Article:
On another note, my video camera died yesterday afternoon during a test run (it wouldn’t turn on).  After about 20 minutes of trying everything to get it to work,  I was forced to go into Best Buy and be at the mercy of whatever they had left after their Mother’s Day sale.  Lucky or unlucky, the only camera they had in stock that records in HD and has manual focus capabilities was a refurbished Sony HDR XR500.  This is actually a pretty good camera.  The only thing I don’t like is it records on a hard drive.  But at this point, I’m just glad I have a high quality camera ready to record tornadoes today!

- Jim

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Sunday, 9 May 2010:  8:30 p.m.

Storms are going to be racing east-northeast tomorrow around 50-55 mph, maybe even faster when they initially develop.  I imagine that once they begin producing tornadoes they will slow down to 40-50 mph.  This is going to make chasing very difficult.  However, the fast storm motion will increase the chances of very long tracked tornadoes occurring.  I really hope Vortex 2 can keep up so they can gather some amazing data for their research.  Maybe someday their research can help save lives on days like this.

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Sunday, 9 May 2010:  Early a.m.

The latest WRF model continues to eject the shortwave slower than the GFS.  I’m a little surprised to see this, seeing as how the European had been on board with the faster GFS idea.  Nevertheless, it’s very interesting to see the WRF keep the dryline further west across western and west-central Oklahoma in the afternoon/evening.  This will allow for supercells and the resultant tornadoes to track across a more chaser friendly terrain.

I do worry how quickly the low level moisture will return north.  The WRF hardly has mid 60s dewpoints to the I-40 corridor by 1 p.m. Monday.  Though by 7 p.m., the mid 60s line reaches Wichita Kansas.  So, it looks like a very rapid return of moisture could be in place in time for tornadic supercells to fire in the very late afternoon along the dryline.  This would result in potentially long track, violent tornadoes in the early evening across central/north central Oklahoma and southern Kansas on Monday.

We’ll see if the WRF remains consistent with the slower/further west solution.  But even if the GFS is correct, there will be tornadoes, some long track and violent, but moreso east of I-35 across Oklahoma and Kansas.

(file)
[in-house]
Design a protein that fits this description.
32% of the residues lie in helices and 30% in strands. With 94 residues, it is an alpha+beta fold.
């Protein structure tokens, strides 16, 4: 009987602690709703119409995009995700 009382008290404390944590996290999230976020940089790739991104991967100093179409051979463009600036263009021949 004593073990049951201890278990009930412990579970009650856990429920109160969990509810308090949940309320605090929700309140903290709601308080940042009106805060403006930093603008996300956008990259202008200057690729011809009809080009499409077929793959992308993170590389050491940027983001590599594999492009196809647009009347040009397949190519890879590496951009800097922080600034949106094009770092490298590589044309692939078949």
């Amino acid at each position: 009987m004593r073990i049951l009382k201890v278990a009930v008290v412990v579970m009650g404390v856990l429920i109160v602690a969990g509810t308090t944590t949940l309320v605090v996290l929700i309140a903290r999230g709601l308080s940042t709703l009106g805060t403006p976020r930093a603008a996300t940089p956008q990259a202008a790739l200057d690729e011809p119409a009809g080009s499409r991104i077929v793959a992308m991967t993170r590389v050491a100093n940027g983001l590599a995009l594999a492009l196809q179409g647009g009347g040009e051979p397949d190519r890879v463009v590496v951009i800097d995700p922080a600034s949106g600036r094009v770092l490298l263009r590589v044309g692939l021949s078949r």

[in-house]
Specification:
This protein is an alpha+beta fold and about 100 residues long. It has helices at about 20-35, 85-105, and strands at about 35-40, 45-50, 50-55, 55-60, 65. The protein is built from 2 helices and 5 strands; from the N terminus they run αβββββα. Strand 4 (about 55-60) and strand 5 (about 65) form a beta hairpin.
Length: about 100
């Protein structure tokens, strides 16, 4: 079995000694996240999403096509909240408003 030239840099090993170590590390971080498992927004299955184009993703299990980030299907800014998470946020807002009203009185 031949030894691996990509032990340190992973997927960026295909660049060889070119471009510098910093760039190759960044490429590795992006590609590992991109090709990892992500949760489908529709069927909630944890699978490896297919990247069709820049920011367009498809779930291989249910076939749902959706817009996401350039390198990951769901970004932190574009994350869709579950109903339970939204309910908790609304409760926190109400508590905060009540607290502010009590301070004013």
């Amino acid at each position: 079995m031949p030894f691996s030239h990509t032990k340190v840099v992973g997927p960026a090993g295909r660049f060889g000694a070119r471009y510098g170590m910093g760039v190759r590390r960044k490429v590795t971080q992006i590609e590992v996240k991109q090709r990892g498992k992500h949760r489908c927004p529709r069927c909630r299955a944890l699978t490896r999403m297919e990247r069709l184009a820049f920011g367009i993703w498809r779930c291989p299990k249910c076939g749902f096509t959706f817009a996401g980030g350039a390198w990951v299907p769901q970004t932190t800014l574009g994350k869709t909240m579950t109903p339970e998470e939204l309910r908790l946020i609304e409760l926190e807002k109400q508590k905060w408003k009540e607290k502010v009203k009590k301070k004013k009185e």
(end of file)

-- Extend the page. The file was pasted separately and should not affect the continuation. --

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Saturday, 8 May 2010:  Afternoon thoughts…

Putting Monday aside for a moment, Tuesday and Wednesday both have significant potential for tornadic supercells.  Both days will feature an approaching mid level trough and a strong, southerly 850 mb jet.  Deep, low level moisture will be in place from north Texas into Oklahoma, contributing to CAPE in the 2000 -4000 j/kg range.  Storms could fire off the dryline across western north Texas to western Oklahoma, or along the stalled front across central Oklahoma.

Basically, there are going to be more tornadoes on Tuesday/Wednesday from north/western north Texas into western to central Oklahoma.  This upcoming week (namely Monday – Wednesday) is turning out to be the prime time this month to go storm chasing.

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Saturday, 8 May 2010

I’ve be watching what the computer models have been showing for Monday, May 10 for the past several days.  Each time the day exhibits factors that are present on historic tornado outbreaks.

A strong shortwave will be ejecting eastward into Oklahoma/Kansas in the afternoon/early evening.  A surface low will deepen over southwestern Kansas and slowly track east, causing a dryline to mix east.  A 40-50 knot southerly 850mb jet will develop beneath a 60-80 knot 500mb jet out of the west-southwest.  This is the kind of shear that supports violent, long track tornadoes.

In a broad sense, the setup is likely to produce a few tornadic supercells, with at least one violent tornado.  But there are questions to be answered.  The first is how far north the deep, low level moisture will return.  The second is how early morning convection associated with the rapid moisture return will effect the day.  Namely, how quickly that convection will clear out and allow for good daytime heating.  Finally, models still don’t agree on how quickly the shortwave itself will eject eastward into Oklahoma/Kansas.  Thus, we can’t be too sure this early in the game how far east the dryline will mix.  So the target could be anywhere from western Oklahoma/Kansas stretching into the I-35 corridor to as far east as eastern Oklahoma/Kansas and western Missouri, depending on the timing of the shortwave.